DVD Review: This Academy Award-winning documentary shines a light on the tangled web of suspicious relationships, questionable incentives, and complex financial instruments behind the 2008 economic crisis.
It is no small task to try and explain what led the United States’ financial system to the brink of collapse a few years ago. I’ve read nearly every book on the subject, and almost all of them are extremely long, with multiple pages existing solely to help readers keep track of long lists of “character” names, in addition to glossaries of terms, acronyms, and jargon. Most of these books were written by financial journalists and targeted toward those already in the financial services industry. So how in the heck was director Charles (No End in Sight) Ferguson going to explain the mess to non-bankers in just two hours?
The approach he took was to weave together a narrative using news footage, interviews, and — for especially complicated topics — graphics, and to focus on milestones that laid the groundwork for the downfalls of Lehman Brothers, Bear Stearns, AIG, and other “too big to fail” institutions. Matt Damon provides narration to help connect the dots.
Ferguson zeroes in on the spectacular uselessness of credit-rating agencies, the exponential growth of “over-the-counter” (privately traded and unregulated) derivatives based on subprime mortgages, and the back-scratching partnerships formed between investment banks, certain parts of the government, and academia. If you follow financial news or ever read the Wall Street Journal, you’ll be impressed that everyone from George Soros to Paul Volcker to Eliot Spitzer agreed to be interviewed. The best parts of the film, however, are when Ferguson catches his subjects off-guard with pointed questions and accusations that they can’t B.S. their way out of. Several such exchanges are literally uncomfortable to watch, even though there’s no doubt that these particular people have engaged in shady activities for their own benefit and deserve to be grilled… especially since it appears that no one else has called them out so far.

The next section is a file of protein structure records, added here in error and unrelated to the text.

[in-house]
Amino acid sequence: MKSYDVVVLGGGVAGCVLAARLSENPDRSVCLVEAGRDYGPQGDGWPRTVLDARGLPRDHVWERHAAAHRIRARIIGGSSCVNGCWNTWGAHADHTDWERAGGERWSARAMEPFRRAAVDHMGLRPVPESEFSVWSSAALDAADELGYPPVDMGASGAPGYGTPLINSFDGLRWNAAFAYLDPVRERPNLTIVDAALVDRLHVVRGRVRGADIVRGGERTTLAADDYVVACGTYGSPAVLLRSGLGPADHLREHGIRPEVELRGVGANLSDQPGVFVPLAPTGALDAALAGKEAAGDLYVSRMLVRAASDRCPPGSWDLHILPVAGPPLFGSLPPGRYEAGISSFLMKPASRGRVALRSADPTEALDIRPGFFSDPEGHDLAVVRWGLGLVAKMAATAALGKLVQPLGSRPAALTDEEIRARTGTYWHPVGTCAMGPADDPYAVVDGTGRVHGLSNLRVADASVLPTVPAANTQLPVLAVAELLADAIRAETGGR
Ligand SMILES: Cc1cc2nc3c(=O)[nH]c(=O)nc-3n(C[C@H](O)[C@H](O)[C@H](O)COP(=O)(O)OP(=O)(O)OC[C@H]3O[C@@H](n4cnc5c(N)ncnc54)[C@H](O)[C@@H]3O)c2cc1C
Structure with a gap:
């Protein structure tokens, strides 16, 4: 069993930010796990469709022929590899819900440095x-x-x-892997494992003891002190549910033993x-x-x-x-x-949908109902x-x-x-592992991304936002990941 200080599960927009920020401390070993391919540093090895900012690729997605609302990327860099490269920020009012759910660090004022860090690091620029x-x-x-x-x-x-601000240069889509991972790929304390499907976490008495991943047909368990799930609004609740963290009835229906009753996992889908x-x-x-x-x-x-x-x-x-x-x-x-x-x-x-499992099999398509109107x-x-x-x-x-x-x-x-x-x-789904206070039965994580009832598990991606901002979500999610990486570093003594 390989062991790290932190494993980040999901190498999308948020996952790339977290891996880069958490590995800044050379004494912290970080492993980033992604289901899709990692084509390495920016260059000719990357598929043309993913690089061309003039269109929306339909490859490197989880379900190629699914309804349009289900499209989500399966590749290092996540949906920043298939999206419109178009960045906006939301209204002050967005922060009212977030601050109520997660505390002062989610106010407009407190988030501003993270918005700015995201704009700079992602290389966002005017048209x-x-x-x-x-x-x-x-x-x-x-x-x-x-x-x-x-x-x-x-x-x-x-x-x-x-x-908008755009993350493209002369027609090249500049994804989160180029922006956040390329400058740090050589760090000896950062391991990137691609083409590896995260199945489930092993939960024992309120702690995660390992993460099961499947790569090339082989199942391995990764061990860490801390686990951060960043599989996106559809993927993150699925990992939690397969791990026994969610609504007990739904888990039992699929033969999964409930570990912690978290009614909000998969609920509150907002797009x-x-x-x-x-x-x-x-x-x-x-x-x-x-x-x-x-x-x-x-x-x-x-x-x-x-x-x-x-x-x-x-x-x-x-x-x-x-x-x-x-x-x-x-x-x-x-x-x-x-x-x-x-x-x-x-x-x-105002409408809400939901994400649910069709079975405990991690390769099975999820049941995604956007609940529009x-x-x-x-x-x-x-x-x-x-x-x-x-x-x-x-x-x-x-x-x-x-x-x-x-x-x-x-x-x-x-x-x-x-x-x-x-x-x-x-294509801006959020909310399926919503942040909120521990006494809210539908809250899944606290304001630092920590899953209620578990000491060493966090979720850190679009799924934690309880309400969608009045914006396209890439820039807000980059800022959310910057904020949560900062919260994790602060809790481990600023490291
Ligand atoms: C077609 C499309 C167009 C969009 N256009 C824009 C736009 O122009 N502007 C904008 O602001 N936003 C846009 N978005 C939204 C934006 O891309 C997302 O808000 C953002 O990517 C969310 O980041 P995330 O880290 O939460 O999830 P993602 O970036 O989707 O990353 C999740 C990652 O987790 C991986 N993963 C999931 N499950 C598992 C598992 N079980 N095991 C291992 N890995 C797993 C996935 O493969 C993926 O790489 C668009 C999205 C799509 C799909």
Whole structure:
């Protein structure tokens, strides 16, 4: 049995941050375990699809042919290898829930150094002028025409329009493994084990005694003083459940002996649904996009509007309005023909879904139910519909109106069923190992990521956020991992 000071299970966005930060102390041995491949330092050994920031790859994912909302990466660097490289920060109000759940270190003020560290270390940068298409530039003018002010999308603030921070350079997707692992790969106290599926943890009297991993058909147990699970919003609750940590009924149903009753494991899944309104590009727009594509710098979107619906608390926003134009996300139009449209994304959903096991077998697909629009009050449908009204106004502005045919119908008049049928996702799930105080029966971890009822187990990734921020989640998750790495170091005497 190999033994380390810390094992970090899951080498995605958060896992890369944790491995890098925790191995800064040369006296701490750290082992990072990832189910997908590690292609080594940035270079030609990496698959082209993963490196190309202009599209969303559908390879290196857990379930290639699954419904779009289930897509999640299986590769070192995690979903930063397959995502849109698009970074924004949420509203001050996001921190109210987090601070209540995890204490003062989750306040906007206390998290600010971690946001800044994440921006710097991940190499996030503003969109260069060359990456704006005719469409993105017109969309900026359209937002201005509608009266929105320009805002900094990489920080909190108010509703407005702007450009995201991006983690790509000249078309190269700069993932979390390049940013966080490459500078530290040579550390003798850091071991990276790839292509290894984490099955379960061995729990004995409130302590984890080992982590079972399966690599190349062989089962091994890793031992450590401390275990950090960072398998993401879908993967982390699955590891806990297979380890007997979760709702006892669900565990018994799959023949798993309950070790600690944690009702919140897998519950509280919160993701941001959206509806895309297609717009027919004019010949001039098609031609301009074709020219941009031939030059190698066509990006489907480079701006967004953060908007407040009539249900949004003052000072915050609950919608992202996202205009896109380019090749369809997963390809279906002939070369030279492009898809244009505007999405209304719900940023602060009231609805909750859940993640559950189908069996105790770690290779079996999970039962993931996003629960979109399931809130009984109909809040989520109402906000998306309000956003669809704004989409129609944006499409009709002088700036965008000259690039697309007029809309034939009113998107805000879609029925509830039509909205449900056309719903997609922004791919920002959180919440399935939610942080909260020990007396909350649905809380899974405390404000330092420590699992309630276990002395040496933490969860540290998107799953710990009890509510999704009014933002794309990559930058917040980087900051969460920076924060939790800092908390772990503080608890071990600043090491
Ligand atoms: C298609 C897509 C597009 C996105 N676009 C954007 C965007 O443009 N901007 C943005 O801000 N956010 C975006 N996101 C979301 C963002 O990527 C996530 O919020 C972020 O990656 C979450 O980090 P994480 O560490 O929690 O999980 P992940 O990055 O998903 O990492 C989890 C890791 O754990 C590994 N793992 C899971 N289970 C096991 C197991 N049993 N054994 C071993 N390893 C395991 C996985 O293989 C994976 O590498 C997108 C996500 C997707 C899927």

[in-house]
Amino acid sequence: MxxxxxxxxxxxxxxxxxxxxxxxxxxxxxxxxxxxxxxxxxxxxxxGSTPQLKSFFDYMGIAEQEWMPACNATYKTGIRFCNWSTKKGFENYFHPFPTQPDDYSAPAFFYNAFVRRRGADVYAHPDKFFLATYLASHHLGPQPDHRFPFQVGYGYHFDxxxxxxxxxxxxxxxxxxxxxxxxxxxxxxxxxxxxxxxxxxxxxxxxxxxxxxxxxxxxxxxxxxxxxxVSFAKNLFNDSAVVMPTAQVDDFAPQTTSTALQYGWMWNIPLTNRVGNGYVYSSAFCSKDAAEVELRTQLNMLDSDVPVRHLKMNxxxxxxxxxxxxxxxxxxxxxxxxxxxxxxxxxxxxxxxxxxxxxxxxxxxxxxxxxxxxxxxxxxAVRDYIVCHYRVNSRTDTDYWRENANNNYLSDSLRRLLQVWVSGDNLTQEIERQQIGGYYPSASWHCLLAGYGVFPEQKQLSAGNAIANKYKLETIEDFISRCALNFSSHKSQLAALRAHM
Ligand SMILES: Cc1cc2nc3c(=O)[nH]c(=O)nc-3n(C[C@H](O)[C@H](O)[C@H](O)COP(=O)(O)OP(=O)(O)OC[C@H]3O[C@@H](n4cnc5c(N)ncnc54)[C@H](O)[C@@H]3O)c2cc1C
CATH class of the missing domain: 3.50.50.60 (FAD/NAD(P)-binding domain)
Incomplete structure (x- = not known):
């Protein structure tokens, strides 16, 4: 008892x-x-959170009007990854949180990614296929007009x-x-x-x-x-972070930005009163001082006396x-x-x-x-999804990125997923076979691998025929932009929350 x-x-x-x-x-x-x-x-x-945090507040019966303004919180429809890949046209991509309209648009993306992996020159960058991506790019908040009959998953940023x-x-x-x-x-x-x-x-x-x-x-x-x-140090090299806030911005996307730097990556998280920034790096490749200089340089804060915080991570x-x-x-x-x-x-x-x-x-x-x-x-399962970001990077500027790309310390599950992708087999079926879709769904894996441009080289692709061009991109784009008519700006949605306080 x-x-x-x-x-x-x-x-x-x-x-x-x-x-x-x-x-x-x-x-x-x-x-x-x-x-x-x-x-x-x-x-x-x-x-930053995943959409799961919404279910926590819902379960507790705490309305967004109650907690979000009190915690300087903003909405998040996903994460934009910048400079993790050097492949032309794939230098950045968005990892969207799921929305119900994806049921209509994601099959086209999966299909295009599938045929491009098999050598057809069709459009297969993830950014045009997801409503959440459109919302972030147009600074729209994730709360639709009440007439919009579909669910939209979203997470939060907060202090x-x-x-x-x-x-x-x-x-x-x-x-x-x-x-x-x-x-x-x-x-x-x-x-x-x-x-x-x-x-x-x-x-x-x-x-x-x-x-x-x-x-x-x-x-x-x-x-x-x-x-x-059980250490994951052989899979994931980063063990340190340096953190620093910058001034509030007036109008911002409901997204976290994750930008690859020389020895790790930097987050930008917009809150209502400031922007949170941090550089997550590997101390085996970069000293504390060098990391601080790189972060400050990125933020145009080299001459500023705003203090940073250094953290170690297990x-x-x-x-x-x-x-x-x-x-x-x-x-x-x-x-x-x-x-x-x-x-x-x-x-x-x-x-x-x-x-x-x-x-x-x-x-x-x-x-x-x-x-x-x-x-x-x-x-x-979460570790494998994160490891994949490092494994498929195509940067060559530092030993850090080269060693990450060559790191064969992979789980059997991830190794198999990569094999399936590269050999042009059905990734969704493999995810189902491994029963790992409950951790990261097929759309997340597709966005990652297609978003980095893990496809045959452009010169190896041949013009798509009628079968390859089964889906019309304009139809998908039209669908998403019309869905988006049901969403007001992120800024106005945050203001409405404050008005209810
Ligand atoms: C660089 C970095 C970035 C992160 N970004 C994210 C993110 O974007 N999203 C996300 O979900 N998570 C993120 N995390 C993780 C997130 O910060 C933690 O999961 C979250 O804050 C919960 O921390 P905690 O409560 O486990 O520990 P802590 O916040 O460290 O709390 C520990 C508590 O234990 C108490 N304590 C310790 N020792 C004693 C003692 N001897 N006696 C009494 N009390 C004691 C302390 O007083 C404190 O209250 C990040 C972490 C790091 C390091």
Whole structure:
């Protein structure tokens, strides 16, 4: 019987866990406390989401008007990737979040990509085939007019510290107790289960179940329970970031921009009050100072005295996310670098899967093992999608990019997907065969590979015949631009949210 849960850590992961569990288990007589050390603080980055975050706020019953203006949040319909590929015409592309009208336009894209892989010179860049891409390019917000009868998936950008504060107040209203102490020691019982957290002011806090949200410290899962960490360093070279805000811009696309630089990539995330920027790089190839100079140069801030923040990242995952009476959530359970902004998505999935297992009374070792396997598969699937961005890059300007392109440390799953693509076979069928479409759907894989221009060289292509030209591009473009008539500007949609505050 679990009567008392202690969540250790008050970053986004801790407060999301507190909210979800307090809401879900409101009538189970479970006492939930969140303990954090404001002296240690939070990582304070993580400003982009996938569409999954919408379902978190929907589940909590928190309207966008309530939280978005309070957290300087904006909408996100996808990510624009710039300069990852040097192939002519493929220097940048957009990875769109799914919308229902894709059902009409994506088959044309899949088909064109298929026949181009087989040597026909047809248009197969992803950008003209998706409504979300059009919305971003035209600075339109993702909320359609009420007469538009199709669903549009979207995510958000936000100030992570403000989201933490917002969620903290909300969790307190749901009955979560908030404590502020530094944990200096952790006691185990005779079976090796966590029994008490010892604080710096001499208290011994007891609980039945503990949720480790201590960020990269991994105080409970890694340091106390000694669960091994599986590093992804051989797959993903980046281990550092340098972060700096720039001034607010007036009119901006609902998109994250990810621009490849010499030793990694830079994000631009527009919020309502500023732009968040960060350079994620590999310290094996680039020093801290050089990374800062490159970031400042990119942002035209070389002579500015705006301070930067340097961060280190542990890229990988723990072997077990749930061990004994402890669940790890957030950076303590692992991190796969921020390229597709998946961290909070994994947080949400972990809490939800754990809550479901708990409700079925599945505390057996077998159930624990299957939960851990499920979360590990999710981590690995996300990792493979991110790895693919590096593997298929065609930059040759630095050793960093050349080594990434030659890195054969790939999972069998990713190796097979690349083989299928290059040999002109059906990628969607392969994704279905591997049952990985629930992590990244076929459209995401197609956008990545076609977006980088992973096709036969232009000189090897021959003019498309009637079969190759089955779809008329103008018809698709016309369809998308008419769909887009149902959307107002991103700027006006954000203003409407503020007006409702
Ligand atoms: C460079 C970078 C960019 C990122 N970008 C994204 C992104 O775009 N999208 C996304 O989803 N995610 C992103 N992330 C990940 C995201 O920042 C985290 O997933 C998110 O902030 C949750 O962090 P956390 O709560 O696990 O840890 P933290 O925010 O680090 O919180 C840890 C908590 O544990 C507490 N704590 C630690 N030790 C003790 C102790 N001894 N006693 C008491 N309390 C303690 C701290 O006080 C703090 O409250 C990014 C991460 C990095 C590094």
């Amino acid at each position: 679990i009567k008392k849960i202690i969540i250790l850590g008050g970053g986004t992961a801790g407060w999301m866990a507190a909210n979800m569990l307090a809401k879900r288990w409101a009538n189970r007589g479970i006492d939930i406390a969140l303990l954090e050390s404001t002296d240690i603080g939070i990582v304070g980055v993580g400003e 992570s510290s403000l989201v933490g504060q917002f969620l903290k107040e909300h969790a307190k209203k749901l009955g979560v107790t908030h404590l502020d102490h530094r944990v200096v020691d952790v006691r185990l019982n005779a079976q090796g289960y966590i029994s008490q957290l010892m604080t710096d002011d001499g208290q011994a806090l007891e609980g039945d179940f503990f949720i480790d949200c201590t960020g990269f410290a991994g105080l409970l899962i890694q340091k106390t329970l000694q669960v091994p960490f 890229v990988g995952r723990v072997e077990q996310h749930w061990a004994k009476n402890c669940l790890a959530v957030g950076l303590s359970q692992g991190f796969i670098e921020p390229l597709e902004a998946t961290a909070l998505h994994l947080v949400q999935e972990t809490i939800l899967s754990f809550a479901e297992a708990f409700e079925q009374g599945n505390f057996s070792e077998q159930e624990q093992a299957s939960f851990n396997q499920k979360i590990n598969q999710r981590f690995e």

Inside Job‘s focus on the lack of accountability by those who played a role in bringing the country’s markets to the brink is meant to be a clarion call to the people of the United States. Its message is clear: This catastrophe can and will happen again if something doesn’t change, like yesterday. Not exactly the feel-good film of the year, but an important one to watch and understand if, in the future, you’d prefer to vote people into office (at all levels of our government) who support the necessary reforms. Oh, and on that note — if you’re wondering whether the film is in any way political, it is in the sense of pointing out failures by both parties to seize opportunities and make the hard decisions that could have prevented some of today’s enormous problems. Now, unfortunately, it’s up to the rest of us to take action.
Inside Job won the 2001 Academy Award for Best Documentary Feature, and is now available at redbox. Reserve a copy!
(If you’re interested learning more about the regulated side of the derivatives industry and the executives in charge, guess who just wrote a book about that world? ME! Rest assured that Zero-Sum Game is a truly quick and entertaining read (I mention Ferris Bueller’s Day Off on the second page, for Pete’s sake… it’s meant for those outside the financial services industry), and that through the story of my crazy year at the Chicago Board of Trade you’ll learn a ton about the very same people who are currently trying to help our country defuse the derivatives time bomb referenced throughout Inside Job.)
Other notable documentaries currently at redbox: